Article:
Kings reign over Suns 116-90 to even series
Updated: Thursday April 26, 2001 8:20 AM
SACRAMENTO, Calif. (AP) -- The Sacramento Kings are built for scoring, speed and style. They've decided to stick with their strengths in the playoffs.
With the league's most potent offense in devastating form, Peja Stojakovic scored 22 points and Jason Williams had 18 as the Kings evened their first-round playoff series with a 116-90 victory against the Phoenix Suns on Wednesday night in Game 2.
After a dismal, nervous performance during an 86-83 loss in Game 1, the Kings' coaches spent two days convincing the players to get back to the strengths of their team, instead of allowing the Suns to dictate the game's tempo. With all that clearly in mind, Sacramento cruised to a blowout victory.
"There was never a doubt in my mind this team would respond," Sacramento head coach Rick Adelman said. "We talked about getting back to the way we play. All we did was try to get a flow going. If we lose playing that way, then we're going to lose. But we're not going to lose walking the ball up the floor."
Led by inspired play from point guards Williams and Bobby Jackson, who made his first six shots and finished with 16 points, the Kings jumped to a 22-point first-half lead and never let up on the way to the franchise's biggest playoff win since April 7, 1951.
"Everybody gets open shots when we're moving the ball like that," Jackson said. "It feels great. We were pushing the ball and finally playing our style. We played extremely well."
Sacramento didn't even need much help from Chris Webber, who still had 16 points, nine rebounds and five assists.
Game 3 is Sunday in Phoenix.
Seven Kings scored in double figures as Sacramento shot 57 percent in the first three quarters and made a number of breathtaking passes to incite the Arco Arena fans, who were mostly silent late in Sacramento's Game 1 loss, to deafening noise levels and several second-half standing ovations.
The Kings also clamped down on the Suns, who shot 32.6 percent and couldn't keep up. Tony Delk scored 14 points -- most well after the game was decided -- as Phoenix headed home to America West Arena with the chance to win the series by defending its house.
"I thought they played really loose, and once they got the lead, shots were a lot easier," Delk said. "When it was close Sunday, a lot of the shots they made tonight were missing. When the pressure is not on them, sure, it's easy to make shots."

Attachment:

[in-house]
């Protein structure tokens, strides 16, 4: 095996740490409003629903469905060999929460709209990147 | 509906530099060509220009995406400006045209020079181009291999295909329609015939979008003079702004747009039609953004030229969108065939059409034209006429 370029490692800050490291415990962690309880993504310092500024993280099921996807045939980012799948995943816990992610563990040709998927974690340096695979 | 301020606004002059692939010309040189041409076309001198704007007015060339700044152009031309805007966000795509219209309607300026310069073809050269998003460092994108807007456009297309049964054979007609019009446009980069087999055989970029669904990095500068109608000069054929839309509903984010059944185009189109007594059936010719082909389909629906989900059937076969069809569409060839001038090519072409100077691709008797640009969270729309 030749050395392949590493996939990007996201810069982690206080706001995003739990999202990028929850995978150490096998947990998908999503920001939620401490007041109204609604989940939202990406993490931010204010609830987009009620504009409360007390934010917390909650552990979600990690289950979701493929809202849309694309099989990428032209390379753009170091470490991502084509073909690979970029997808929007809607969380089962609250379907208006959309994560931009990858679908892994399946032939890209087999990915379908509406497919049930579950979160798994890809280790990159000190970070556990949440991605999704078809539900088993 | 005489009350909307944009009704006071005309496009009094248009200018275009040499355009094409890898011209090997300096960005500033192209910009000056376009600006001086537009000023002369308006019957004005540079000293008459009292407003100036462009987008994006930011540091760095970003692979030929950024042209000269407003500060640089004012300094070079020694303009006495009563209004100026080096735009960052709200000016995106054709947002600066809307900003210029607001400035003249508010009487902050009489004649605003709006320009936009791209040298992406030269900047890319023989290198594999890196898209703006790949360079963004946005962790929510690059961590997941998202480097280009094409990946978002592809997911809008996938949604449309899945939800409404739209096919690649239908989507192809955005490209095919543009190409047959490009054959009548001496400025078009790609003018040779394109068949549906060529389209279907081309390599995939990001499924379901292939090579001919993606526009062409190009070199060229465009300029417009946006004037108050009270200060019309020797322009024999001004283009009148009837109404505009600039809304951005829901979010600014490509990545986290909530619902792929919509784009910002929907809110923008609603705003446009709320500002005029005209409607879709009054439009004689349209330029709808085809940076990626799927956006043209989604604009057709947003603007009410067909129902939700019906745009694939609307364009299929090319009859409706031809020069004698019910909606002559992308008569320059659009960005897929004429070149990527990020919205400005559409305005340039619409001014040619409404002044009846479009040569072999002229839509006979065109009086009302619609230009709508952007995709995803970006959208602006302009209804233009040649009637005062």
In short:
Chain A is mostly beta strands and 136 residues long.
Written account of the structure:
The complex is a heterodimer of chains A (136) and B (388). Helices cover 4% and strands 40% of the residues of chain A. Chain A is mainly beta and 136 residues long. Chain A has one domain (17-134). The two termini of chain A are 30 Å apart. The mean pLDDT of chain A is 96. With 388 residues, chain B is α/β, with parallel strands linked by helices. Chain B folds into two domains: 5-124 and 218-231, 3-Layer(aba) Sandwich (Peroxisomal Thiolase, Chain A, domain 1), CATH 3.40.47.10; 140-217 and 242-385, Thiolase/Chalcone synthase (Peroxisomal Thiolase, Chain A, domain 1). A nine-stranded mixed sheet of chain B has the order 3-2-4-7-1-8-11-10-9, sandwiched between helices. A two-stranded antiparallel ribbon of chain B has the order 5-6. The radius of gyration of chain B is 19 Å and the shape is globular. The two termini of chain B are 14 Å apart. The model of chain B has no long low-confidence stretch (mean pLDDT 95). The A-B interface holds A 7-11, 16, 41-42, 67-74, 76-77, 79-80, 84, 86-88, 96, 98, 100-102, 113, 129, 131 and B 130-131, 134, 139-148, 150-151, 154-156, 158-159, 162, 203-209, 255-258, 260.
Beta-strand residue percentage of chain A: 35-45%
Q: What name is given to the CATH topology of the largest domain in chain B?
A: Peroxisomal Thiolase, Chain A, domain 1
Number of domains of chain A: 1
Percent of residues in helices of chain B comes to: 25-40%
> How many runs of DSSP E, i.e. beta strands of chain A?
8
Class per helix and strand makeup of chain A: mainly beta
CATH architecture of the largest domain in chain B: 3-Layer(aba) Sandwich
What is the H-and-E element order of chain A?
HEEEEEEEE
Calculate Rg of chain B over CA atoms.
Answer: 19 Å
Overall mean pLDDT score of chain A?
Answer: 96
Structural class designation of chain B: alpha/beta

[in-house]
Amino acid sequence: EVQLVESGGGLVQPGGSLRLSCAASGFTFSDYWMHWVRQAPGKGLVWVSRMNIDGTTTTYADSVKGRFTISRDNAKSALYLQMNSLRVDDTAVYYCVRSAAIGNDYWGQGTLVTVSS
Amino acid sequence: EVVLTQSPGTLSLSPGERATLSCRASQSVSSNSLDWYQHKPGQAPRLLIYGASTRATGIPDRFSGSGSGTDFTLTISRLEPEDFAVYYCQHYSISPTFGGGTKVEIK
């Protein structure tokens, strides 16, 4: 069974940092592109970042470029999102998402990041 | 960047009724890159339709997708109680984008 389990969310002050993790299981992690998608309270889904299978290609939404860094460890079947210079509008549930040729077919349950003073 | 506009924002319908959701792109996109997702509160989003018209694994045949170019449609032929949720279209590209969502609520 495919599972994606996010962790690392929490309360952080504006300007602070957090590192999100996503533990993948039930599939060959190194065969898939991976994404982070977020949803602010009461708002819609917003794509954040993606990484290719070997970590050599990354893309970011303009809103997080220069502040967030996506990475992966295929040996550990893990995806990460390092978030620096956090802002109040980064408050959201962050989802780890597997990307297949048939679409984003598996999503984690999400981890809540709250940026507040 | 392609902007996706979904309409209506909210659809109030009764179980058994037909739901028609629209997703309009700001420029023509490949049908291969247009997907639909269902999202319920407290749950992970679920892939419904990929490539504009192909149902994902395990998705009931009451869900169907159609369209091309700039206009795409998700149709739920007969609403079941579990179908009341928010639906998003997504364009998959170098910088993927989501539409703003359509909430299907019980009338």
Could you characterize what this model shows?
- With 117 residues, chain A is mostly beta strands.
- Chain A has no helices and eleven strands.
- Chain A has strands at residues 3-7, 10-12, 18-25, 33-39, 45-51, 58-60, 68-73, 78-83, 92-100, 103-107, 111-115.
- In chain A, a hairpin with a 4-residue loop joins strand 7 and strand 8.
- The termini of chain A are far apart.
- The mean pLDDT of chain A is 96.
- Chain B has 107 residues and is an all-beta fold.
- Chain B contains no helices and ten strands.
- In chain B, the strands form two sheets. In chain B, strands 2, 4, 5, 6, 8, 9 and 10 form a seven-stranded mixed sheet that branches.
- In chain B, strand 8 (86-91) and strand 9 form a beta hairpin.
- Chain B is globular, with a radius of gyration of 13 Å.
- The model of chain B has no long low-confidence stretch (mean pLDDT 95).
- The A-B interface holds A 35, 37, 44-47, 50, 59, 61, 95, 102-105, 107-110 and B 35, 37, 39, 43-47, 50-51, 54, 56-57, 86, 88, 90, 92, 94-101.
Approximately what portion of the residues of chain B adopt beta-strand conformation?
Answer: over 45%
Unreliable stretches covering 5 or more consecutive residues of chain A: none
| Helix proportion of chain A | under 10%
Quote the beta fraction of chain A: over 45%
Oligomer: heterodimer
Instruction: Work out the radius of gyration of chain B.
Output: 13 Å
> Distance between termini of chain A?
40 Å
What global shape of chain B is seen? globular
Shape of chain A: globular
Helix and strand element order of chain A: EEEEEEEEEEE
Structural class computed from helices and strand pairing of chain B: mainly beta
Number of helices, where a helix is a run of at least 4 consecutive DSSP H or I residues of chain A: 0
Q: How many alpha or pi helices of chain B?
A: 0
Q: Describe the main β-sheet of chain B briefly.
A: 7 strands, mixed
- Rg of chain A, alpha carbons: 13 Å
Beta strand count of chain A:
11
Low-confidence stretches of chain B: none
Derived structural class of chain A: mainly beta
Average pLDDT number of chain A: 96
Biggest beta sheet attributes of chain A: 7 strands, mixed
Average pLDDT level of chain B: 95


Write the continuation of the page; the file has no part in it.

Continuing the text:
With home-court advantage in a playoff series for the first time since 1981, the third-seeded Kings quickly gave it away with a series-opening loss Sunday. Sacramento didn't pass, didn't rebound and shot horribly while making the Suns look like unstoppable defenders.
From the opening tip in Game 2, Sacramento was back to its normal blend of tight passing and proficient shooting. After a strong first quarter, the Kings made a pair of 8-0 runs in the midst of a 25-8 surge that gave Sacramento a 22-point lead with 3 1/2 minutes left in the half.
"As a team, if you're not really sharp on the defensive end, they'll make you pay for it," Phoenix head coach Scott Skiles said.
The Kings put on a show as well. One minute, Doug Christie was making a no-look touch pass to Scot Pollard for a dunk. The next minute, Webber embarrassed Jake Tsakilidis by passing the ball to himself behind the befuddled rookie's back, then hitting Christie for an open jumper.
The Kings led 95-63 after three quarters, briefly stretched the lead to 34 points and then relaxed through the fourth.
Williams' regular season included more brushes with NBA discipline than outstanding games, but he was spectacular in Game 2. Wearing sparkling purple sneakers for the first time this season, Williams shot 7-for-11 and kept the Kings' offense moving while also playing strong defense.
Williams and Jackson hit two 3-pointers apiece and went a combined 13-for-18 from the field. Stojakovic also had an impressive game after being held to 5-of-17 shooting by Marion in Game 1, while Vlade Divac had 10 points and eight rebounds.
After the Kings' bumbling performance in Game 1, it was the Suns' turn to look bad. Phoenix shot 31 percent in the first half, missing dozens of open jumpers, and had nowhere near the same success controlling Sacramento's crisp passing.
Marion, Cliff Robinson, Jason Kidd and Rodney Rogers combined for 73 points in Game 1, but they shot a combined 10-for-42 on Wednesday night. Though six Suns finished in double figures, only Chris Dudley -- who went 1-for-1 -- shot better than 50 percent.
"We didn't play any defense, and we didn't make any shots -- that equals a blowout," Kidd said. "They had to come out and play well, and they did."
Notes: The Rochester Royals won the first game of the 1951 NBA championship series 92-65 against the New York Knickerbockers. The Royals -- who made stops in Cincinnati and Kansas City before moving to Sacramento -- won the franchise's only NBA championship that year. ... Kidd got an assist on each of the Suns' first five field goals, while Sacramento made seven turnovers in the first seven minutes. ... The Kings won't travel to Phoenix until Saturday afternoon.